Safe to Soy? We’ve Got the Scoop Healthy Eating

Safe to Soy? We’ve Got the Scoop

Soybeans are among the most widely used, affordable and least caloric ways to ingest large amounts of protein with very little fat and no cholesterol. Soy is also the main source of protein for billions of people around the world.

But some doctors are concerned about the safety of soy, since it contains a protein called isoflavone, which can act like a weak estrogen in the body. However, this protein is much stronger in concentrated soy products, such as powders and pills, compared to soy foods, such as tofu, soymilk and soybeans themselves (a.k.a., edamame).

So before we dive in, let’s keep things in perspective: Soy is NOT a major risk factor for breast cancer. At most, there is a concern about soy foods and a worry about soy products. Current studies are starting to figure out how the many different compounds in soy affect our bodies. In general though, most doctors believe that it’s safe to eat a moderate amount of soy foods, regardless of whether you have a history of breast cancer.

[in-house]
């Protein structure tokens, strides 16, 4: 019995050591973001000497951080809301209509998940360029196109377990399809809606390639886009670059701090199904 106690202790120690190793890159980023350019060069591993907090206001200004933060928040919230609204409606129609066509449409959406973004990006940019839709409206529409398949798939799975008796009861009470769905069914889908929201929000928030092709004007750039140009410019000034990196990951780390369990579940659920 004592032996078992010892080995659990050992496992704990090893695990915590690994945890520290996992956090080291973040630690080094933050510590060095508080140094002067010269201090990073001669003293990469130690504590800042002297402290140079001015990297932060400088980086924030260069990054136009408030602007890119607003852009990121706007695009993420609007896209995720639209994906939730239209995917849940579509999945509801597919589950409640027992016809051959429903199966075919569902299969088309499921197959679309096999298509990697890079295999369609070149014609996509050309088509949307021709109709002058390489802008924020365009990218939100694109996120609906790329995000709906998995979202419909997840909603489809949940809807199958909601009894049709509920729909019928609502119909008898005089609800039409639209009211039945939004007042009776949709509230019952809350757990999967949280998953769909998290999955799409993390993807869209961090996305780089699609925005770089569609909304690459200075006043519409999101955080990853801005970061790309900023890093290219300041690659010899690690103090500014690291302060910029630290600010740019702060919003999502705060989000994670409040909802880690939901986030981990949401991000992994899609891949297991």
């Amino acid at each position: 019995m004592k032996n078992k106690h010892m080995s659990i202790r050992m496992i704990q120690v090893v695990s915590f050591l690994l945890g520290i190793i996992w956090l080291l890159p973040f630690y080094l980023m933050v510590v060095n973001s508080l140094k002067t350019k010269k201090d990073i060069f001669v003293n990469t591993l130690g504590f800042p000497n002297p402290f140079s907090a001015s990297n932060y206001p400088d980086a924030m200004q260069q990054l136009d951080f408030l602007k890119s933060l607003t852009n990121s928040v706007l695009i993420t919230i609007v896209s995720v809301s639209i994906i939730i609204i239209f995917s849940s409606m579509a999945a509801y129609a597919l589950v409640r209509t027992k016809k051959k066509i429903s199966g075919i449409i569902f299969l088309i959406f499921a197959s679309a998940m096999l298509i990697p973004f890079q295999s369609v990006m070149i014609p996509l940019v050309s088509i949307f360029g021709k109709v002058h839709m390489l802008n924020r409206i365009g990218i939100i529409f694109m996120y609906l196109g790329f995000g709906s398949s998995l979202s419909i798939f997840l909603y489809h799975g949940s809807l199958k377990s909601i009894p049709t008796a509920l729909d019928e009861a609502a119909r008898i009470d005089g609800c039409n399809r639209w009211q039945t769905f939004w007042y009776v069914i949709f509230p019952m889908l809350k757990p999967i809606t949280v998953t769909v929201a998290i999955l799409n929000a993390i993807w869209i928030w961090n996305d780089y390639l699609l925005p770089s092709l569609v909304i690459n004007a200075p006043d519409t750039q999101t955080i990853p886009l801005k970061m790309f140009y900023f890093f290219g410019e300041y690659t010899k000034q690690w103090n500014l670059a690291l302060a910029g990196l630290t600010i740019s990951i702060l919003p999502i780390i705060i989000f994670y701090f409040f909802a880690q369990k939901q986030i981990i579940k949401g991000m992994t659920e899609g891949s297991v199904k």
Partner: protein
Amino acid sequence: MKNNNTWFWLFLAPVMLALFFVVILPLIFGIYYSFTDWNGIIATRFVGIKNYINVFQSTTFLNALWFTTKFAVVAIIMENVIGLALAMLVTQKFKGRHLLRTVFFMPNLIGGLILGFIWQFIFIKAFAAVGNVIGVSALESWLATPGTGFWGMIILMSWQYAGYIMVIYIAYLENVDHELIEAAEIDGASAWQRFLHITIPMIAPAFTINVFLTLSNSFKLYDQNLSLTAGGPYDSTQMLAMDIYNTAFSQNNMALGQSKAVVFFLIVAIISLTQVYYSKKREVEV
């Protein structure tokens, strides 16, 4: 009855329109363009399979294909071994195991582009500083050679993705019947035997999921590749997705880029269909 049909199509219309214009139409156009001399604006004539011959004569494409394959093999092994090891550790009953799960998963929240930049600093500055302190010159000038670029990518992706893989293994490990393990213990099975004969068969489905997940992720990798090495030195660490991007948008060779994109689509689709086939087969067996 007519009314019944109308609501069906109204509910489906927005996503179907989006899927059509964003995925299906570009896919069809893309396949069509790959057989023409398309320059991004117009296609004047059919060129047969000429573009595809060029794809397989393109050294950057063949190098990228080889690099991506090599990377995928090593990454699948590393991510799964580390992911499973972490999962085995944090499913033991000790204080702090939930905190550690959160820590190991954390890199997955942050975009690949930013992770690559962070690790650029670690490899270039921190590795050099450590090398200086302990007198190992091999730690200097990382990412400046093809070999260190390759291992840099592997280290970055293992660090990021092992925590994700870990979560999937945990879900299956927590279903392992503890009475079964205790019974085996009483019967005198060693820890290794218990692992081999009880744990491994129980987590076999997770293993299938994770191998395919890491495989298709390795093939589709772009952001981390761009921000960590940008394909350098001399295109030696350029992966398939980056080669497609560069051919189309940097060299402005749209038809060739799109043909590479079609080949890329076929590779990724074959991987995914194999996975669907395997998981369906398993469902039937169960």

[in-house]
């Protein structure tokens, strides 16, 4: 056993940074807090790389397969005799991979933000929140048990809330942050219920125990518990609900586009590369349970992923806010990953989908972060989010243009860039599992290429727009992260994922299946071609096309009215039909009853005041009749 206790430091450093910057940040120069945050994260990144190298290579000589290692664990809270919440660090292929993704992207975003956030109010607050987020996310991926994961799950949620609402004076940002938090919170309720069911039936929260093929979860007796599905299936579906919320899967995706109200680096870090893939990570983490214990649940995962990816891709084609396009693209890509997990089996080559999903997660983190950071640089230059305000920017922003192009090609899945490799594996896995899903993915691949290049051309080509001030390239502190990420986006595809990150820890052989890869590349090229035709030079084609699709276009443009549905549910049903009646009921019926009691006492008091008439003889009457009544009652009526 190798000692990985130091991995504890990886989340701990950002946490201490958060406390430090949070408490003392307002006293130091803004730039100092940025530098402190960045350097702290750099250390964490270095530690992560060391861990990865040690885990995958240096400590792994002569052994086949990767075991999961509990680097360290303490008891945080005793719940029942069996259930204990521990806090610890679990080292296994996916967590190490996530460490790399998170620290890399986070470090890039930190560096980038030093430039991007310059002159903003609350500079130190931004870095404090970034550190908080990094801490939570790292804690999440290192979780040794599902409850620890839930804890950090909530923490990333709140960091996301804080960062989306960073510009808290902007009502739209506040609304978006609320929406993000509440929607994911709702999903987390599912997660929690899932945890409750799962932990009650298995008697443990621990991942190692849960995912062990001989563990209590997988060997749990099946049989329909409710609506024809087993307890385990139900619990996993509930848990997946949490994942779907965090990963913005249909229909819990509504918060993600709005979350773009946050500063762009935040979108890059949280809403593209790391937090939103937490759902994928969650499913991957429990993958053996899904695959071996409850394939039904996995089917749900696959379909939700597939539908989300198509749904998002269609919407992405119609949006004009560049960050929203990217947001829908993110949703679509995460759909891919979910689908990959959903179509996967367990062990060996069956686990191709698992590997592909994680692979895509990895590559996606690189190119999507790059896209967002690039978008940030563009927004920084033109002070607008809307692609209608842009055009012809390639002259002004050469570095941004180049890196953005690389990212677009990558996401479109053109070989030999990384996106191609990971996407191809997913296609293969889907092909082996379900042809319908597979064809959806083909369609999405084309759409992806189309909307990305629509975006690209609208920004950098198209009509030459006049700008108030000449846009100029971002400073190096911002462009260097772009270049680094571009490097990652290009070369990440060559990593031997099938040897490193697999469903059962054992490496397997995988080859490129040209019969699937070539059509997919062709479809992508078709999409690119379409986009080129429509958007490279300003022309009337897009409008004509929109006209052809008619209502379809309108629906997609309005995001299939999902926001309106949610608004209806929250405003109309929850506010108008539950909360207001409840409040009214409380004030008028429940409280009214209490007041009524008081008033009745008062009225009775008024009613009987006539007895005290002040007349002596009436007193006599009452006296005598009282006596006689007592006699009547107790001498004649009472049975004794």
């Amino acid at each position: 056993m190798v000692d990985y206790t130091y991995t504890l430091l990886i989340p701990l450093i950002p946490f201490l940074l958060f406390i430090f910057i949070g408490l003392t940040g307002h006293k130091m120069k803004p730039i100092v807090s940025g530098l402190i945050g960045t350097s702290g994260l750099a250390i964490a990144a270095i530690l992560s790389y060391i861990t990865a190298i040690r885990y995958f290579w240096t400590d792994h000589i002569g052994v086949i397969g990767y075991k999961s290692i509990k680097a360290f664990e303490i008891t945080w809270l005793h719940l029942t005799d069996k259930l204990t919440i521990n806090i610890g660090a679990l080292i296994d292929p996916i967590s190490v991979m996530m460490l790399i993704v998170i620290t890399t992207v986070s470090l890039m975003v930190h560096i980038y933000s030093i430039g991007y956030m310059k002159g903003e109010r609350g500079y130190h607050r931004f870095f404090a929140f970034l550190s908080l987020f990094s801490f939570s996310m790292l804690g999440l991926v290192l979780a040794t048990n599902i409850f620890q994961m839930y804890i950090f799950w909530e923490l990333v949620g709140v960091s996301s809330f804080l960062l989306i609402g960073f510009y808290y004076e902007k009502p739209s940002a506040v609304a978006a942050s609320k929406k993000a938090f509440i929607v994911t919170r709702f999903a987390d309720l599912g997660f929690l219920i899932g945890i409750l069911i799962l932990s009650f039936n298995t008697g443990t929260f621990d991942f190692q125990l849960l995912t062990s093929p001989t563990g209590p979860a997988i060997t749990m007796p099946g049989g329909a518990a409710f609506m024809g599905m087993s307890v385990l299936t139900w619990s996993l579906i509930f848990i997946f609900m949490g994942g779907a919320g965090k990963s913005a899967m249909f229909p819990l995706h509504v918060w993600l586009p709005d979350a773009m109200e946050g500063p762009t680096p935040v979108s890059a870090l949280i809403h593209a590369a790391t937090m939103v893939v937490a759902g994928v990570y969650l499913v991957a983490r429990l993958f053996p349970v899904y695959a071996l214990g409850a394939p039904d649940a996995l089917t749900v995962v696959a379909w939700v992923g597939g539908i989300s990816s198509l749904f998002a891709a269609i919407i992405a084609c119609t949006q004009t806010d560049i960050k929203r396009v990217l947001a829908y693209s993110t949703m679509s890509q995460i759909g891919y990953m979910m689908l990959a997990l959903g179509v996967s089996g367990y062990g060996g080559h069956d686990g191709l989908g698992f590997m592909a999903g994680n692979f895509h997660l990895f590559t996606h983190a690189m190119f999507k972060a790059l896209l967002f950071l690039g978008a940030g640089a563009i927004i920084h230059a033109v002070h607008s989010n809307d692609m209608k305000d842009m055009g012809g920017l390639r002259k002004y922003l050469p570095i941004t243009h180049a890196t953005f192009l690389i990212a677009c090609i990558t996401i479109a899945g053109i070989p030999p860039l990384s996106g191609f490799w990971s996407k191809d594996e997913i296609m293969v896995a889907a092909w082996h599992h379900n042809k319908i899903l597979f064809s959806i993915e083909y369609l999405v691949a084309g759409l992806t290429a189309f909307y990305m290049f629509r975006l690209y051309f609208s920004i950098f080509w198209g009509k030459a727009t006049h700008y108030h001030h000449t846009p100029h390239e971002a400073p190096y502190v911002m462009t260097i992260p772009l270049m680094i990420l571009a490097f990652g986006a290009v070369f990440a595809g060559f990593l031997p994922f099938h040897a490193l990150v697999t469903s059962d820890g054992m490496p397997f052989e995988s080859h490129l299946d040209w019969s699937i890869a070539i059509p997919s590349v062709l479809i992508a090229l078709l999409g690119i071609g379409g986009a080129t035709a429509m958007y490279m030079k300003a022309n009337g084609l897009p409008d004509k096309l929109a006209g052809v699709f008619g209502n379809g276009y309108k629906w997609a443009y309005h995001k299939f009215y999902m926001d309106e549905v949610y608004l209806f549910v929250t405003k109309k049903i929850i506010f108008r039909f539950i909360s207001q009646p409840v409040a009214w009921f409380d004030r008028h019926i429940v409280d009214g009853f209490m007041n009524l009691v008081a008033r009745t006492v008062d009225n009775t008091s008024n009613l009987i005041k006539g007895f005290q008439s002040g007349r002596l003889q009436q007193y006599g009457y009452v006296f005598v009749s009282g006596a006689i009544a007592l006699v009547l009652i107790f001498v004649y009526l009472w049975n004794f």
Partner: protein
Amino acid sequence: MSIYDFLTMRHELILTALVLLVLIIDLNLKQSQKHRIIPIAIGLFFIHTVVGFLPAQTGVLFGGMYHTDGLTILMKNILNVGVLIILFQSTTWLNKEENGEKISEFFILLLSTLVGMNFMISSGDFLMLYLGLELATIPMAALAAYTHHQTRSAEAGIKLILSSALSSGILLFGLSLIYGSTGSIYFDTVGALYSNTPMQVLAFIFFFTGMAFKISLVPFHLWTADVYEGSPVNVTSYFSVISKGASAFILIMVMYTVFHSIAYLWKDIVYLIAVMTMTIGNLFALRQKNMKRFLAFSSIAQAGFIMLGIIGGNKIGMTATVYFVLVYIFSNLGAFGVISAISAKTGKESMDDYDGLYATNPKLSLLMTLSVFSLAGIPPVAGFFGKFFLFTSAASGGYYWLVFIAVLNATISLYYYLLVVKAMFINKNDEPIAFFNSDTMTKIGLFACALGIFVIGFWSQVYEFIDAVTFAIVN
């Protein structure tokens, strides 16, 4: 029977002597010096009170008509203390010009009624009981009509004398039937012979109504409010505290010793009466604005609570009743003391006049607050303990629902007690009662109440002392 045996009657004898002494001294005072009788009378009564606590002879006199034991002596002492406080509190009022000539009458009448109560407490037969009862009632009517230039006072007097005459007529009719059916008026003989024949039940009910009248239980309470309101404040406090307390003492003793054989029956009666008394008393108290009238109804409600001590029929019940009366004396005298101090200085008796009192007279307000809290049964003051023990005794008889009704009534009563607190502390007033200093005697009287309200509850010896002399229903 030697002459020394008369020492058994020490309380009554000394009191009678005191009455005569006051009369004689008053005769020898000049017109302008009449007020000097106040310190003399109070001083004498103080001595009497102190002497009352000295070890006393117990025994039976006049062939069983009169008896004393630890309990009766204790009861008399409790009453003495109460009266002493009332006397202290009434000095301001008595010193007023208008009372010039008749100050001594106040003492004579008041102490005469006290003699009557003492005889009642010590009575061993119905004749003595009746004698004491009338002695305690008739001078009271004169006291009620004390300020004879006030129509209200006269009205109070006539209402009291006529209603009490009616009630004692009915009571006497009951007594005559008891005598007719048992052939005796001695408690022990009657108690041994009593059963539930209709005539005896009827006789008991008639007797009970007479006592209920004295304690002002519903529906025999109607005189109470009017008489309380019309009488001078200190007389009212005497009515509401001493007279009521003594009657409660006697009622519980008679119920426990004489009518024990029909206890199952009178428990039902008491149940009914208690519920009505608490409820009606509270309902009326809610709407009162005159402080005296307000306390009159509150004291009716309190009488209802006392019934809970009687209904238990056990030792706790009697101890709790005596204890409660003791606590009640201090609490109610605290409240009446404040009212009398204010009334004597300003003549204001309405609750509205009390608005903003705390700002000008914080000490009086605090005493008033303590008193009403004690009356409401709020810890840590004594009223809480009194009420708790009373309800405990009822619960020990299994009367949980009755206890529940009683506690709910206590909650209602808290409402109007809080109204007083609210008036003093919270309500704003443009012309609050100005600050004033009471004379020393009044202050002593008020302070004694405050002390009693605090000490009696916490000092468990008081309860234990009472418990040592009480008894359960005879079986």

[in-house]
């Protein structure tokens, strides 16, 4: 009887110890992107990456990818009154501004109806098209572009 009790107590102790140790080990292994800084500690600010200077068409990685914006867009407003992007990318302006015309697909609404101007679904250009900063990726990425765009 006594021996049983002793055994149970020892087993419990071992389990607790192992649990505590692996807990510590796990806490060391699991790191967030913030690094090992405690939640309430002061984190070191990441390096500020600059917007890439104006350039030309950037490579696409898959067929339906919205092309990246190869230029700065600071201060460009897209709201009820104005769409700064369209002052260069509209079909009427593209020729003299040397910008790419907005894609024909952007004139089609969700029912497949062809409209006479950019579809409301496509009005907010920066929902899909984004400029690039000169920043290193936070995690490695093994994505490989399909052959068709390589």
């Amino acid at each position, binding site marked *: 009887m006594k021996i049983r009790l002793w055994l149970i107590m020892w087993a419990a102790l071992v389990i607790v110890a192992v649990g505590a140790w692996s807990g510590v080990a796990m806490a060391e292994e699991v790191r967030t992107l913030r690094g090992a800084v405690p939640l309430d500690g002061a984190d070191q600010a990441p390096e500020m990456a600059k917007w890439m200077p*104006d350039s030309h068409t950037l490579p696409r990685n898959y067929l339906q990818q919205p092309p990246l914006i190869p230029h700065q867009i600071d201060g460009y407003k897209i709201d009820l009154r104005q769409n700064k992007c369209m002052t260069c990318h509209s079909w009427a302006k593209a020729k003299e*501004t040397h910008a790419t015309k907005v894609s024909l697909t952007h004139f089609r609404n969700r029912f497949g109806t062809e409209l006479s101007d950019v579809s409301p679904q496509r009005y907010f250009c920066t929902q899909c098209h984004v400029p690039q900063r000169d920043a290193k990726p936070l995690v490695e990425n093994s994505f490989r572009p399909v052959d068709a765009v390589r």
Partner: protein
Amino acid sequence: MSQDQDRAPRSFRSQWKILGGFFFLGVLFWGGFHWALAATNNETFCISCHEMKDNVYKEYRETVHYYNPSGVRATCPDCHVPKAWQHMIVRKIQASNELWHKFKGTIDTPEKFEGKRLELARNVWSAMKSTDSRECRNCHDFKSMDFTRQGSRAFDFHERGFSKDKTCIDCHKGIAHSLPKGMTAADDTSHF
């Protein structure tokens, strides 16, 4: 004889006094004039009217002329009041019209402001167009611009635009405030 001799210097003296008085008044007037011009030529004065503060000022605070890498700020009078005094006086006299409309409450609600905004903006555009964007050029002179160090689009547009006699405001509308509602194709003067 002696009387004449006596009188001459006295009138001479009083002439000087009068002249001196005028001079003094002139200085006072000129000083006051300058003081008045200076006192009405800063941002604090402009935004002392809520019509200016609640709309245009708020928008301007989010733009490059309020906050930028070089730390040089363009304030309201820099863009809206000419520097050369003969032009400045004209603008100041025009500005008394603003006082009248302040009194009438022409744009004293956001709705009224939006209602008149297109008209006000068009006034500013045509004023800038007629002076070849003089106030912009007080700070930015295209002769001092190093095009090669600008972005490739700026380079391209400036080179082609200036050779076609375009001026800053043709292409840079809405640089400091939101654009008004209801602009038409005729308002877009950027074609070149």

Soy 101

  • Soy is promoted as a healthy option for vegetarians or people who want to cut back on foods that come from animals.
  • Soymilk is a popular plant-based alternative to cow’s milk for vegans and people who are lactose intolerant. Unsweetened soymilk is comparable to cow’s milk in terms of calories, protein and fat, though it contains less sugar. It also provides important nutrients, including calcium, vitamin D and vitamin B12, along with fiber and potassium.
  • Other substances in soy foods are thought to help keep cell growth and activity normal, regulate cholesterol and protect cells from harmful chemicals called free radicals.

Tune in next week to find out if soy is good or bad for breast health!

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